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spectacles? How about combining these imported influences with the rich, native Zoo Station remains one of the highlights of my own career. I subsequently
storytelling tradition of the rural Irish fireside, but jazzed up with of-the-moment developed a Masterclass module in Collective Writing and Devising for Community
themes, fun visuals and – as the titles of the plays reveal – popular soundtracks. Theatre, which I teach to international graduate students of New York University,
based largely on what I and the Macra people learned together that year. In 2009,
Week-by-week, we explored themes from the time and place we now inhabit: the
Upstate Theatre Project hopes to adapt this masterclass as an open, modular
small traditional town near Dublin as new dormitory satellite; the lunatic world of
training programme for Irish artists and community activists.
work and commuting; the unwanted pregnancy in a time of easy contraception; the
issue of infidelity (an odd favourite with that group of apparently upright young All of this from one Artist in the Community grant! The only shame is that the
people!) and so on. Somebody gave me a CD by Bentley Rhythm Ace. The frenetic overall funding for the Scheme remains so tight and the grants so few. A participant
fun-beat of that CD became our process soundtrack for dance and movement in a recent project said to me, “Imagine if every townland or parish in Ireland could
improvisations. We became a crowded train; a station full of frantic, running people; have a project like this, telling their own story”. Imagine indeed!
a human zoo where somebody had unlocked the cages. One day I blew a whistle.
The imaginary train stopped suddenly in mid-Meath to see what would happen
A five-minute extract from the 2003 Upstate Theatre desktop-documentary film,
and the spontaneous response of the actors was to reach instantly for mobile
Shadows on our Doors, documenting the Termonfeckin Macra experience can be
phones. “Sorry love, I’ll be home late”; “Come and collect me, Ma!” and so on. We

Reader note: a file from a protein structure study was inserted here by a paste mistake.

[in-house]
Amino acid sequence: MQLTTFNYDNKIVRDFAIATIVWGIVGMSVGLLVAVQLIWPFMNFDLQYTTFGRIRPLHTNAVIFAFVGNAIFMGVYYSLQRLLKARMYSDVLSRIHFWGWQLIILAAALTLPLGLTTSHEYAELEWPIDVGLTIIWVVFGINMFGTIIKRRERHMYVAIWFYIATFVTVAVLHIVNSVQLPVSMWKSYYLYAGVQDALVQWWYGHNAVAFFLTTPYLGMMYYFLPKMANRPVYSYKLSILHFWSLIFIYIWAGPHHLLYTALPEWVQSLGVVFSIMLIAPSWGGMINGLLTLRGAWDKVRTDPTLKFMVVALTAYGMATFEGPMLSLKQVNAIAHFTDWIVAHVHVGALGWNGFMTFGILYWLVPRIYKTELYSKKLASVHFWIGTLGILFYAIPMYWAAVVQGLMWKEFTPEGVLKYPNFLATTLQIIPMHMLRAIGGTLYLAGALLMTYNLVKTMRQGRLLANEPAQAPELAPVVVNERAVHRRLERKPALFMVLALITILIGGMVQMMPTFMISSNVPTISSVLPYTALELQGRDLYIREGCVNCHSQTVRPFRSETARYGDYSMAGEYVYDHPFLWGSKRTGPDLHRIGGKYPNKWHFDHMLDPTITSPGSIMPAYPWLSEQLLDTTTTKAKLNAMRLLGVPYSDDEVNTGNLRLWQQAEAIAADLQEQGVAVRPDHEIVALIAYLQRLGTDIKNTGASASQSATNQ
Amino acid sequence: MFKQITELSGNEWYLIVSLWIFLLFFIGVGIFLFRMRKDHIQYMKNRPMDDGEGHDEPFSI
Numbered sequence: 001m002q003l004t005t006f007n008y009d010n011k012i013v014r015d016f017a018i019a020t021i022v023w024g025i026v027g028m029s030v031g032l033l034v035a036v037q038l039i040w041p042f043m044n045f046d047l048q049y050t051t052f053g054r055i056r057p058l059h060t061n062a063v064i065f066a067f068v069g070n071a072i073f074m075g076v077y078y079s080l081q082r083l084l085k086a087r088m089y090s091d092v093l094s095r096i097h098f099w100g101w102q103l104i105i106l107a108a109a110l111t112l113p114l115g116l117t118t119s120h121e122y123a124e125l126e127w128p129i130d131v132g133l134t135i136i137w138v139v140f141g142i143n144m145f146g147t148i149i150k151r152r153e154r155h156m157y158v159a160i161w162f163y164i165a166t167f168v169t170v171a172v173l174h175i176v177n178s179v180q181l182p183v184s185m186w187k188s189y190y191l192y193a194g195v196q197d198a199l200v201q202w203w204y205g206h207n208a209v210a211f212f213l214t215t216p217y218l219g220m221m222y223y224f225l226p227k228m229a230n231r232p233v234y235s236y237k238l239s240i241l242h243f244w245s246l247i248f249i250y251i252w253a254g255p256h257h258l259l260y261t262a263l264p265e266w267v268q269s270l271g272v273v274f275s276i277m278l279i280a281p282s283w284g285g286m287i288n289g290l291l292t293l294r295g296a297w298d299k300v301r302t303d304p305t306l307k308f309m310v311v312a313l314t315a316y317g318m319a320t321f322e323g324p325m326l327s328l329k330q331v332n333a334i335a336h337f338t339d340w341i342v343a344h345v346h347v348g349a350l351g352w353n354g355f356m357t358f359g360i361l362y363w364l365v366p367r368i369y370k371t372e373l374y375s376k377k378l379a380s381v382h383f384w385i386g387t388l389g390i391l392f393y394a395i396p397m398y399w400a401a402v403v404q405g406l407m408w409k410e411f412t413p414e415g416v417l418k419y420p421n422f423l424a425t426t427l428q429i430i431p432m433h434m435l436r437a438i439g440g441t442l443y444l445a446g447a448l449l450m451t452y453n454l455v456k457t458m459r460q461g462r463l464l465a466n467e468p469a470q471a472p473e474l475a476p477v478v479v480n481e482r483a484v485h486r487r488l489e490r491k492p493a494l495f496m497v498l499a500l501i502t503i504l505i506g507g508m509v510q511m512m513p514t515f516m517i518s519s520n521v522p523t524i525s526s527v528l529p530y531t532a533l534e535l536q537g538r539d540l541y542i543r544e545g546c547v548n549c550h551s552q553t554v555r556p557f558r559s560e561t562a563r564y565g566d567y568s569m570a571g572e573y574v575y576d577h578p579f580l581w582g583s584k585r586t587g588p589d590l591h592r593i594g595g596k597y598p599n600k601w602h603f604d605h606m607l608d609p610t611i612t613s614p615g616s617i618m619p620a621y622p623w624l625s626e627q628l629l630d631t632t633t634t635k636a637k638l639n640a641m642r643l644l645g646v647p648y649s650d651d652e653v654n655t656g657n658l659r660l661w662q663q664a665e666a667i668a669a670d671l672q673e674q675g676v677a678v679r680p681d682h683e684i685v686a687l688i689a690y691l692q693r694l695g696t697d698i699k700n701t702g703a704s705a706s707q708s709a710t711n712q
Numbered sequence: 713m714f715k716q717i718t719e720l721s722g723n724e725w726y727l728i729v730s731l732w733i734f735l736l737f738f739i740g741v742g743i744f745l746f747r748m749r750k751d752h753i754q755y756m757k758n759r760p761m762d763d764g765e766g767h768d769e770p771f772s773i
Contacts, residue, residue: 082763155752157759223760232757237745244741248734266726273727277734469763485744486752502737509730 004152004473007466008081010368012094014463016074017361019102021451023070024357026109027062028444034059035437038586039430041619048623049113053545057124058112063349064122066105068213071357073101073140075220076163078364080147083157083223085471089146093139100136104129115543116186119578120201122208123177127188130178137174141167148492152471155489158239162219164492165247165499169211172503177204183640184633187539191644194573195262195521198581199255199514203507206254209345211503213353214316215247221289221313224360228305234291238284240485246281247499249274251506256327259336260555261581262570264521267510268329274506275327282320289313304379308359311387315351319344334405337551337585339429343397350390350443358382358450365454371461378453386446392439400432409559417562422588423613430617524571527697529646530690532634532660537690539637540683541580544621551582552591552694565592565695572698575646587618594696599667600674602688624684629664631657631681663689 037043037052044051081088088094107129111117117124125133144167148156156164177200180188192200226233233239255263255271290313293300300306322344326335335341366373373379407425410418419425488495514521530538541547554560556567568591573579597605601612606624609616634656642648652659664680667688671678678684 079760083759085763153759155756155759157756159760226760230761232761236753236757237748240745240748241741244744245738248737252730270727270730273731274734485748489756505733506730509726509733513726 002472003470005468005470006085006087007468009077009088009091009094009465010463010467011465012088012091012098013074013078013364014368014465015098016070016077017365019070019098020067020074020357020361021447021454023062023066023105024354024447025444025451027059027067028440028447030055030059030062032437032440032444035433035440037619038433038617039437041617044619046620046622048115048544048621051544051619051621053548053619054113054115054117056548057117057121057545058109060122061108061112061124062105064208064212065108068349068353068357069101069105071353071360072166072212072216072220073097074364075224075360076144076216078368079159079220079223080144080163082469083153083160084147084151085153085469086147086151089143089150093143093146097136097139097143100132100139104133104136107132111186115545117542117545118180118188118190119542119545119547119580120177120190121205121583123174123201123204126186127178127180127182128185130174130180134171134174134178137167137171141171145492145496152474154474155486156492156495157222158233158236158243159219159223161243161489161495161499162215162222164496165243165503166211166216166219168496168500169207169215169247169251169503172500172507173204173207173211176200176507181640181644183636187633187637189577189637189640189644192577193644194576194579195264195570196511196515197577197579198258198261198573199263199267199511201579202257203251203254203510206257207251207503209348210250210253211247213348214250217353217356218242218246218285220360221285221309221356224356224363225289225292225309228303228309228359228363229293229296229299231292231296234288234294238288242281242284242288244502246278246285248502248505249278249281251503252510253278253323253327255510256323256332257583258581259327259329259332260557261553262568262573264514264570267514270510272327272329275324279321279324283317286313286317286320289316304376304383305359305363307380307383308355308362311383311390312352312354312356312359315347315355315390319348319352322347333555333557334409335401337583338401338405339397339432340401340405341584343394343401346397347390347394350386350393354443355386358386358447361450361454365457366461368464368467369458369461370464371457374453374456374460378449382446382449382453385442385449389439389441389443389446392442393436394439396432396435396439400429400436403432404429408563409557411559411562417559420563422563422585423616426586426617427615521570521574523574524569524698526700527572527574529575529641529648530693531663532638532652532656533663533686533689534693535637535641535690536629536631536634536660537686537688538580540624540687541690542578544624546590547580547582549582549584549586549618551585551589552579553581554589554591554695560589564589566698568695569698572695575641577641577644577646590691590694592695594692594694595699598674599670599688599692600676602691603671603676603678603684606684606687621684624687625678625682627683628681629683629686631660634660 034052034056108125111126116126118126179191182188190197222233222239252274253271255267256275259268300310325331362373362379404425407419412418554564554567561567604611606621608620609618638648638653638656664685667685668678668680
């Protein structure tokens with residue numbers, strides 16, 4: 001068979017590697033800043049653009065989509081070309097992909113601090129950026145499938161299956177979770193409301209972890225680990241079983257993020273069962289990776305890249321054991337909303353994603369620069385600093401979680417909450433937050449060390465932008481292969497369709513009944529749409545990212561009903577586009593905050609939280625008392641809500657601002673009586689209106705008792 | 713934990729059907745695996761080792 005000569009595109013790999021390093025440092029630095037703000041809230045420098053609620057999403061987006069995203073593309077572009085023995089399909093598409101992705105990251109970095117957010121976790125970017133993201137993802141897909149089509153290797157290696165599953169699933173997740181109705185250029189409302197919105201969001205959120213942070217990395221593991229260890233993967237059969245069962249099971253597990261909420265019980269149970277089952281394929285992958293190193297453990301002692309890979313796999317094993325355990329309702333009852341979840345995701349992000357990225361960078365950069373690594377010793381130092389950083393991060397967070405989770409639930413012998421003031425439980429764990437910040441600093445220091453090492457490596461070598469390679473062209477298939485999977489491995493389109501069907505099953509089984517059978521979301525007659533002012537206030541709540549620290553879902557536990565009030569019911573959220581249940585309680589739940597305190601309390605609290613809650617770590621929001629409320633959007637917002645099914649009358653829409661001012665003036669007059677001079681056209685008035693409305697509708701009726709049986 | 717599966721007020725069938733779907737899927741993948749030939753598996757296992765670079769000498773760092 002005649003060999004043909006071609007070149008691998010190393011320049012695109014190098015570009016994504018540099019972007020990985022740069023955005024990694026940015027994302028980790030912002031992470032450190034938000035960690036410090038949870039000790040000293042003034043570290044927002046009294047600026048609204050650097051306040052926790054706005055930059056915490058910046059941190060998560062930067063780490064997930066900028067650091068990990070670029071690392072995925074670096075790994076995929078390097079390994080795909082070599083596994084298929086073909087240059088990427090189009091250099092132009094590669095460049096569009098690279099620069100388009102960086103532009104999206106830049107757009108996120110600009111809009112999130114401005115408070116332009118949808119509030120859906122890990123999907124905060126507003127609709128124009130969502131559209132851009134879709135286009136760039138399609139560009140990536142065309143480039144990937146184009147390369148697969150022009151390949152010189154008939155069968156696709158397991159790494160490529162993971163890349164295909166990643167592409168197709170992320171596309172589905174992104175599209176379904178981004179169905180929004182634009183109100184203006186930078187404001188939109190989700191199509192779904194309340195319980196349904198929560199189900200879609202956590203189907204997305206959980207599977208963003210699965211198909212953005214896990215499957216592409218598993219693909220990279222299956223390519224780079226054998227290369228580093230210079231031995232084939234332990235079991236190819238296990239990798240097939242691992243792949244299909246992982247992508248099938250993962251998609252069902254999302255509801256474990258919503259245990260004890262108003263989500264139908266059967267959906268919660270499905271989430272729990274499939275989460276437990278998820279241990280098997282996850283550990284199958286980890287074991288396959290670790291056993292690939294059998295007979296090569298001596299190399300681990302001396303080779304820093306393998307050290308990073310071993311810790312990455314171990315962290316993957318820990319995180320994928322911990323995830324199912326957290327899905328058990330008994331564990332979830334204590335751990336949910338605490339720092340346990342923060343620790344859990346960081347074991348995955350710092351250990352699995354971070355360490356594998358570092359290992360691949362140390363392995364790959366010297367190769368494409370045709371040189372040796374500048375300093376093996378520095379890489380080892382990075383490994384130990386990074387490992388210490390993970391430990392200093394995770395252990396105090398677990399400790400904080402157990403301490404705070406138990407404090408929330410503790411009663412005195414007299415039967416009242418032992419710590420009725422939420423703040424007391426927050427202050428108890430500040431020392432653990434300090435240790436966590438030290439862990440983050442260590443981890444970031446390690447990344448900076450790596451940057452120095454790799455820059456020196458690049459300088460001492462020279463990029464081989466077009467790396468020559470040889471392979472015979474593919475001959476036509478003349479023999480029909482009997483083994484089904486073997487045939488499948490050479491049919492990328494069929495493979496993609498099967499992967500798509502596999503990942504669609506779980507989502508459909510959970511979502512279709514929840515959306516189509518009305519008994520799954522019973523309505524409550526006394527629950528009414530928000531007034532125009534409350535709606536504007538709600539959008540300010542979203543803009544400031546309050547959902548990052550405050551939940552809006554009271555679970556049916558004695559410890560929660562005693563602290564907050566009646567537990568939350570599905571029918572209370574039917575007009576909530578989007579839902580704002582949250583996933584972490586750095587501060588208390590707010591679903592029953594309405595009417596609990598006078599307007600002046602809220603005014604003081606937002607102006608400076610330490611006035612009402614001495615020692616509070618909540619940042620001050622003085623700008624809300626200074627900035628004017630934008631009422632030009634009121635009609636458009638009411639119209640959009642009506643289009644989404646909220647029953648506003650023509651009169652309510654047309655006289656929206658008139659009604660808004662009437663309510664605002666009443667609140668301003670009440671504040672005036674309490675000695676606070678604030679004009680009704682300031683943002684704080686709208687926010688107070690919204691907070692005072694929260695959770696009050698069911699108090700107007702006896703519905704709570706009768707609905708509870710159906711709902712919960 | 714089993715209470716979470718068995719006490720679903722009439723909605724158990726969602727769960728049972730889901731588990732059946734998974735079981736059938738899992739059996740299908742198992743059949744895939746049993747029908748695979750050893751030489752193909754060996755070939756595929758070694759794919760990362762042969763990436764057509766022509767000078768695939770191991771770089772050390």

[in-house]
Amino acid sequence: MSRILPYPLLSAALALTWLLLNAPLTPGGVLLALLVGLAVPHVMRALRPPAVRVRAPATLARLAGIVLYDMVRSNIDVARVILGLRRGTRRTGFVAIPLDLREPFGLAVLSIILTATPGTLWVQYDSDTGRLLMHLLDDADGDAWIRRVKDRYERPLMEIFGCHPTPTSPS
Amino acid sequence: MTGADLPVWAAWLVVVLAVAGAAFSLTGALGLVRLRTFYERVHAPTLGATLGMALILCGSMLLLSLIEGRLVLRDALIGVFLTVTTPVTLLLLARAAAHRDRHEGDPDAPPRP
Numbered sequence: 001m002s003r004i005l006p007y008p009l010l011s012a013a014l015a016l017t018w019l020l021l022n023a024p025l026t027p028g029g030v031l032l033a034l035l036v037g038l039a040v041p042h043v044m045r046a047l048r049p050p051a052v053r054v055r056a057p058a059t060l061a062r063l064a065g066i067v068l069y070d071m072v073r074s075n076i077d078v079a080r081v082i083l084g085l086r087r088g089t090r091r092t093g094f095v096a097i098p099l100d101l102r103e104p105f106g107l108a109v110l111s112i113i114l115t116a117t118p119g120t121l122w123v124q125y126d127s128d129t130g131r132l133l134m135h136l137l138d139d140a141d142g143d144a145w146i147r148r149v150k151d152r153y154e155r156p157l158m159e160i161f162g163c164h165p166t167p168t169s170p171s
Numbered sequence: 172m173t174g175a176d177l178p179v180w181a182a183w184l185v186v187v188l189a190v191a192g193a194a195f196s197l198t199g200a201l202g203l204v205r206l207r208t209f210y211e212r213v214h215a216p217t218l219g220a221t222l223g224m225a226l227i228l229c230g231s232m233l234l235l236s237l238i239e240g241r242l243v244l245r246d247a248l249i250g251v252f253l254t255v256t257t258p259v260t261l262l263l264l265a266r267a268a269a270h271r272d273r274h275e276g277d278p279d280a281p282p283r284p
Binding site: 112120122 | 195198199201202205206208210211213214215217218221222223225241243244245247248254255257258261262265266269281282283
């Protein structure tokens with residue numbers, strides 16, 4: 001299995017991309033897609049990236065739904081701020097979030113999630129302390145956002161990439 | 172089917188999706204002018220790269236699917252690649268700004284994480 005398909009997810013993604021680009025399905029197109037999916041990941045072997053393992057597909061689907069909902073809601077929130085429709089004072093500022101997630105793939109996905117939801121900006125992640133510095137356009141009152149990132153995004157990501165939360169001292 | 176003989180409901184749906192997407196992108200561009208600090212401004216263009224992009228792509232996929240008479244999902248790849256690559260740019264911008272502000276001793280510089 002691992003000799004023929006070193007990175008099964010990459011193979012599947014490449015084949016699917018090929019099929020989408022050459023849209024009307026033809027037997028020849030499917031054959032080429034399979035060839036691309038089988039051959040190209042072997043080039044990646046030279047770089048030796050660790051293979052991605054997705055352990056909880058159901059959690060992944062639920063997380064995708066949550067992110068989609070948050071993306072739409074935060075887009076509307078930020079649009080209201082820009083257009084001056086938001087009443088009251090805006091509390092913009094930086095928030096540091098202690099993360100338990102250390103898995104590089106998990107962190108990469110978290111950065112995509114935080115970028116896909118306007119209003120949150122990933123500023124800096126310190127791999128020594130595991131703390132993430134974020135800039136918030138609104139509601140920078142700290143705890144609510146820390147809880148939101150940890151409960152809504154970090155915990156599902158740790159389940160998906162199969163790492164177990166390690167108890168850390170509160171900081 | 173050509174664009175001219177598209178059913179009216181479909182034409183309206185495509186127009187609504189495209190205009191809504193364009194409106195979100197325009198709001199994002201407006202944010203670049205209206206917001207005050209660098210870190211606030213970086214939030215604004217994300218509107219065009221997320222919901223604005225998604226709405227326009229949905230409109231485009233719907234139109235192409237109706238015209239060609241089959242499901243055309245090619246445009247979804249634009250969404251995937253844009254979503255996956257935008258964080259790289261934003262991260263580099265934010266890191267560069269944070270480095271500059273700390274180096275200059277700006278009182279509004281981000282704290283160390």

viewed on www.upstate.ie.
built images and atmospheres.
At the same time, we discussed human narratives in small and large group exercises.
And gradually we threaded together a cohesive, episodic play with – yes – elements
of soap opera, but airlifted away above this by the magic of visual theatre – the big
train and station set pieces and so on; and then transformed it further with an
existential ending whereby the station master passed away on his final working day,
Macra na Feírme
only to be visited in a moving tableau by what looked like a procession of hundreds
Macra na Feírme is a voluntary organisation for young people between the ages of 17
of saddened commuters taking time out to condole and grieve.
and 35. The organisation consists of a nationwide network of clubs with six key areas of
The play was performed in the Droichead Arts Centre, just a few miles from
activity: agriculture, sports, travel, public speaking, community involvement and
Termonfeckin village. We raised additional funds and engaged the up-and-coming
performing arts. Macra na Feírme is committed to the personal development of
(and now famous) set designer Paul O’Mahony to construct a towering set of
members and puts emphasis on social interaction and participation.
railway station columns. We sold out for three nights and in the words of John
The local Macra na Feírme branch in Termonfeckin was founded in 1948 and is one of
Leech, the most experienced group member: “We touched a few chords. The whole
the oldest Macra clubs in the country. The club prides itself on its sense of belonging to
community was talking about it”.
the community and on the full and active programme which it provides to encourage
Declan Mallon conducted a thorough evaluation and I proceeded the following
the development of its members and to remain attractive to new generations coming
year to do one final, more modest project with the group, before we all eventually
through. Termonfeckin Macra enjoys a formidable reputation within the national
said our goodbyes. Zoo Station was revived and became the first ever Community
network of Macra clubs, in particular for its competitive success in Public Speaking and
Theatre piece to feature on the Dublin Fringe Festival, gaining a warm, four-star
Drama. Travel opportunities have allowed members to travel to Russia, Germany,
review in the Irish Times. Declan Mallon and I jointly authored and edited a book
Switzerland, Austria, Japan and North America among other places. The club enjoyed a
entitled Way Out in the Country documenting the Macra experience, which reflects
fruitful collaboration with Upstate Theatre Project from 1999 to 2004 which led to the
on the aesthetics of community drama and includes the script of Zoo Station along
production of three significant plays and a published anthology of scripts and essays.
with two other collectively written Macra plays from that period.
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